If you increase your DPI setting in Windows 7 (or Vista), you may notice your application doesn’t look the way you intended.
You may say, “Nobody changes the default DPI, right?” Well, Windows 7 might. Windows 7 may increase the default DPI setting based on the resolution the video card supports. The default DPI decision occurs when you do a clean install. Over time as people buy newer machines supporting higher resolution, you will see a trend of users running at a higher DPI.
As display resolution increases, stuff on the screen gets smaller. When the text is too small to read, people tend to reduce the resolution. By reducing the resolution, you are relying on the monitor to do the scaling and the desktop can looked stretched or blurry. Also, ClearType will only work at native (recommended) resolution.
So, how do you get all the readability benefits of font smoothing and still have bigger text? You increase the DPI.
In most cases, applications are designed for the default of 96 DPI. As you increase the DPI, your application appears to get smaller. If your application doesn’t declare that it is high DPI aware, Windows 7 Desktop Windows Manager (DWM) will scale it to make it look bigger at a DPI setting of 144 DPI (150%) or greater.
Blurry UI occurs when DWM scales an application window. Here’s an example of an application designed for 96 DPI and doesn’t declare DPI awareness. This is what the application looks like with a setting of 144 DPI (150%). Notice the text in the title bar is clear but the text in the application is blurry.
Here’s another sample app that shows a bunch of bitmaps which are designed for different DPI settings. However, the application does not set DPI awareness and everything looks kind of blurry including the larger bitmaps because the whole window is being scaled by DWM at 144 DPI.
Another very common problem when you increase the DPI is clipped text. This happens because the application has code to size windows and assumes 96 DPI. Here’s the demo app at a setting of 120 DPI (125%). Notice that the text in the window and buttons are clipped.
Before you fix it, you need to find it. The DPI setting can be found in Control Panel\Appearance and Personalization\Display. You should test your application at a DPI setting of 125% looking for clipped UI. You should also test at a DPI setting of 150% to see if DWM scaling is acceptable. The good news is DPI testing on Windows 7 is much easier. You can now change the DPI and it only requires a log off/on instead of a restart. Also, DPI settings are now per user rather than per machine. I usually create additional users with different DPI settings on my machine for testing. When I want to test at a different DPI setting, I just log in / switch to a different user. As a bonus, you can test multi-user as well. :-)
The best guidance for designing high DPI aware applications can be found in the High DPI section of MSDN. This documentation has lots of info on how to fix high DPI issues in applications. I’ll cover the common topics I mentioned in this post but please refer to the documentation for a complete list.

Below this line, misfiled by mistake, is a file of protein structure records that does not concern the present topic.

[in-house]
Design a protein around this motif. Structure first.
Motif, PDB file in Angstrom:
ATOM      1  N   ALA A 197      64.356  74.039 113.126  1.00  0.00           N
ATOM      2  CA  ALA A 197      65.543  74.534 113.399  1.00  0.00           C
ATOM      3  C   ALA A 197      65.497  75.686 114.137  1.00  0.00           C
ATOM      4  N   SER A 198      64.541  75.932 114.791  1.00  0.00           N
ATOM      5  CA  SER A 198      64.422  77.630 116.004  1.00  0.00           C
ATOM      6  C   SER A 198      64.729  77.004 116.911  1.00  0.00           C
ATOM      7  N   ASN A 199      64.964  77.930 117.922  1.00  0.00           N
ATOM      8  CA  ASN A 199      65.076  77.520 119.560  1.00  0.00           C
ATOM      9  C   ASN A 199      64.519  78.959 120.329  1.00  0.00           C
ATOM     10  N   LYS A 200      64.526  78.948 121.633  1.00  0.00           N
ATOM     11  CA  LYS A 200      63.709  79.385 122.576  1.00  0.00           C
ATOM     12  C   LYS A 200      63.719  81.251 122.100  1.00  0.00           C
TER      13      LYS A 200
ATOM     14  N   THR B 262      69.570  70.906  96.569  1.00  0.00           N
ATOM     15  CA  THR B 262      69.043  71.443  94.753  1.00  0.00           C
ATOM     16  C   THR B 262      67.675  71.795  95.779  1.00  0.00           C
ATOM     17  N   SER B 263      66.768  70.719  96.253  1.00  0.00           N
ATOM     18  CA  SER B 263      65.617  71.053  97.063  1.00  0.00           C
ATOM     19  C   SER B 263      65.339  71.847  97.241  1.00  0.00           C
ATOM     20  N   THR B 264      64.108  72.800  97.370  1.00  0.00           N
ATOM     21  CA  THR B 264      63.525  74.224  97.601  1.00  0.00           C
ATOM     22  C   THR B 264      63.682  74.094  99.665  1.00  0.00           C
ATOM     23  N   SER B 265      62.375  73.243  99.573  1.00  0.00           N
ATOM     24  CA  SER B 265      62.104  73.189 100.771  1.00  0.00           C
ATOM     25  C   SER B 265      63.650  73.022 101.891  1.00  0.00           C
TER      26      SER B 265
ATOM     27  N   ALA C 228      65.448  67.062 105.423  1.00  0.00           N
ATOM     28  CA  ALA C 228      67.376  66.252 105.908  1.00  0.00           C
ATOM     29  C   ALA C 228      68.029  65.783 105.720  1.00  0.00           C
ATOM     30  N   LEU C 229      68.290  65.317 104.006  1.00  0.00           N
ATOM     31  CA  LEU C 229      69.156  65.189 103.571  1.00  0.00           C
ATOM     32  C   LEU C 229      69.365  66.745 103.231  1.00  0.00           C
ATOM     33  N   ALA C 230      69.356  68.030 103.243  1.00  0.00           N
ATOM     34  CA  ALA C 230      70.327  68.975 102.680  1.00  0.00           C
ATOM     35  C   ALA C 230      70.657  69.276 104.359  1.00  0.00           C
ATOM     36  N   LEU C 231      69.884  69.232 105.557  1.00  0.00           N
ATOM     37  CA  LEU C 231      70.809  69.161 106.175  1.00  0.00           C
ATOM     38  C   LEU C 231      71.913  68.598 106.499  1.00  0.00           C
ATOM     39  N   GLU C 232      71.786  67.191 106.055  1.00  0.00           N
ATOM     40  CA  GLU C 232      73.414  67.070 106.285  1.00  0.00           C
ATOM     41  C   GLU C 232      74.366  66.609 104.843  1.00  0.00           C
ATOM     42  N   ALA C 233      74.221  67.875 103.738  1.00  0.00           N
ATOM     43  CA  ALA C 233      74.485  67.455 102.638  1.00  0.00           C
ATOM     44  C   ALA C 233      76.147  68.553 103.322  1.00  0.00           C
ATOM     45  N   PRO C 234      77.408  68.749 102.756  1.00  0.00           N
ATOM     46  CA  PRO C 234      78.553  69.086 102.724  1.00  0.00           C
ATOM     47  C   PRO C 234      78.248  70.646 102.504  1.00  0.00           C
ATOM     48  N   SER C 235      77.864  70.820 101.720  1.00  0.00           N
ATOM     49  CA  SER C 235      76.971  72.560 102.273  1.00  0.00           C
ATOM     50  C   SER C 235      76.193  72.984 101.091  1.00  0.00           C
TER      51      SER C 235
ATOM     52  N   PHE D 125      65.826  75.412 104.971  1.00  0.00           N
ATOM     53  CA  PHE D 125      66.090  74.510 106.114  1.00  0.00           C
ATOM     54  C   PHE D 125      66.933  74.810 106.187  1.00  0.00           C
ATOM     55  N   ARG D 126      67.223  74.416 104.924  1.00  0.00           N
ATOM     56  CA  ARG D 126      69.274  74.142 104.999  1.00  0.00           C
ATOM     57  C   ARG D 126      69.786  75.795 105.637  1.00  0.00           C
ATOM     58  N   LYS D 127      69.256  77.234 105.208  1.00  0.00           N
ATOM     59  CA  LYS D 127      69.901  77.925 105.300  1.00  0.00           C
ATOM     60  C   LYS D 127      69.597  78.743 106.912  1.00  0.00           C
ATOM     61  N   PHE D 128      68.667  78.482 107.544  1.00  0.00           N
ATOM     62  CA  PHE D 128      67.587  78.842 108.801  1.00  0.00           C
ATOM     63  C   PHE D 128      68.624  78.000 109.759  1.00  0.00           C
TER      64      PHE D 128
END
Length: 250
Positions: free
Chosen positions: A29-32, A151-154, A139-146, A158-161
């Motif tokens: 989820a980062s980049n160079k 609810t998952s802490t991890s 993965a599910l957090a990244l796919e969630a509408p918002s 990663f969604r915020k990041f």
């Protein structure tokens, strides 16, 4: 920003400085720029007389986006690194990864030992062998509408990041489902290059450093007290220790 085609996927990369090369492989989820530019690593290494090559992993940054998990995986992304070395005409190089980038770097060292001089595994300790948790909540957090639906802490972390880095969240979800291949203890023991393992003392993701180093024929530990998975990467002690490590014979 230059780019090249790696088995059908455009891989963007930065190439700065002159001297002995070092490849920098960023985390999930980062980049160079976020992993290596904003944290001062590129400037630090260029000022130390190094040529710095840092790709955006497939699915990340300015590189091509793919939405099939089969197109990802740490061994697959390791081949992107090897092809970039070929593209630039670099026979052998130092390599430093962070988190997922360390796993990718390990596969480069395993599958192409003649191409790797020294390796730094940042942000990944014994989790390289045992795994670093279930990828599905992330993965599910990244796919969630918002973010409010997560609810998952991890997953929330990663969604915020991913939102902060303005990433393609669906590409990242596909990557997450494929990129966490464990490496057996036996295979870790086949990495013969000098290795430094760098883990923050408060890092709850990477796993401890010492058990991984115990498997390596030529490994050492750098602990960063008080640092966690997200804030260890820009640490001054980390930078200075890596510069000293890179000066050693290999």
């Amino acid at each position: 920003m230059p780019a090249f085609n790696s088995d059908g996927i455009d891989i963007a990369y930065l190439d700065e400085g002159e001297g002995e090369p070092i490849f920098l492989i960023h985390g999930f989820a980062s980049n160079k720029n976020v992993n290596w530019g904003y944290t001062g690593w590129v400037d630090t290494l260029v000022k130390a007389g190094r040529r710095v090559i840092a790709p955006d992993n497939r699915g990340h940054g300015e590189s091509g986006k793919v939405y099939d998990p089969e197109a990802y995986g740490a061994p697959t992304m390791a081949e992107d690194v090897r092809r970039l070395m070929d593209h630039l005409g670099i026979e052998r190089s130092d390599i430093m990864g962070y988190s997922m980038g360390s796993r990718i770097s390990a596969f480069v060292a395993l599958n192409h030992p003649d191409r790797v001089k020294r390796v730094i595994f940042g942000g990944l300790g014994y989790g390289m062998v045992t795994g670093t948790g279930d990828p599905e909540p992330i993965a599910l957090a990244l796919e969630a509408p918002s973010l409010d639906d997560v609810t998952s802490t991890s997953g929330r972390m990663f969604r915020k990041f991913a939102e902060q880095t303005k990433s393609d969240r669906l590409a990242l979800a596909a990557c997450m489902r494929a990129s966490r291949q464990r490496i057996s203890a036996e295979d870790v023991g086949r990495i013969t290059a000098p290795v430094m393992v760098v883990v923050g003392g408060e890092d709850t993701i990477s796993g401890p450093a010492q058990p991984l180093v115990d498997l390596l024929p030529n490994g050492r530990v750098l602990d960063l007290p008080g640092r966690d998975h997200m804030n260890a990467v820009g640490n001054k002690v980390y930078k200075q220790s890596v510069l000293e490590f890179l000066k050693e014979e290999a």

Fuzzy UI is caused by DWM scaling. So, you need handle the scaling yourself (see the MSDN info mentioned above) and then tell the OS your application is high DPI aware. This can be done with an API but the preferred method on Windows 7 or greater is to declare DPI awareness in the application manifest.
You can see what affect setting DPI awareness will have on your application by using a compatibility setting for the application. In the executable properties, under the compatibility tab, check the “Disable display scaling on high DPI settings” option.
Now when you run the application, DPI scaling will be disabled for the application. Note that the compatibility property is just a mitigation for legacy applications. Ideally, you need to be declaring your application as DPI aware in the manifest.
Here’s our sample application again with the <dpiAware>true</dpiAware> element in the manifest:
Note that the text and most of the icons are no longer fuzzy. However, there are still some problems. The Windows Media Player bmp doesn’t fill the button. To fix this, you would need to detect the DPI and place the appropriate sized bmp in the button. The 20x20 bmp in the 30x30 box is also fuzzy. This is because the application is doing the scaling. This would happen on any DPI setting. I threw this in to the app to show you may have other scaling issues that aren’t related to DPI. Also note that it’s usually better to scale down a bigger bmp into a smaller box as you can see in the final icon.
Clipped text is caused by incorrectly calculating the size of a window. Basically, you need to be sure you are scaling your UI based on relative pixel size. There are helper functions to do this in the CDPI class. Please refer to the step by step tutorial in MSDN which is based on the High DPI Demo App that I’m using for this blog post.
In the labs, when we test a native application at a high DPI setting, we usually find at least one issue. Sometimes they are minor, sometimes they are not. We see a lot fewer issues in managed code. However, some controls aren’t very high DPI friendly. Regardless, DPI testing is worthwhile. It’s better to discover the problem before your customer.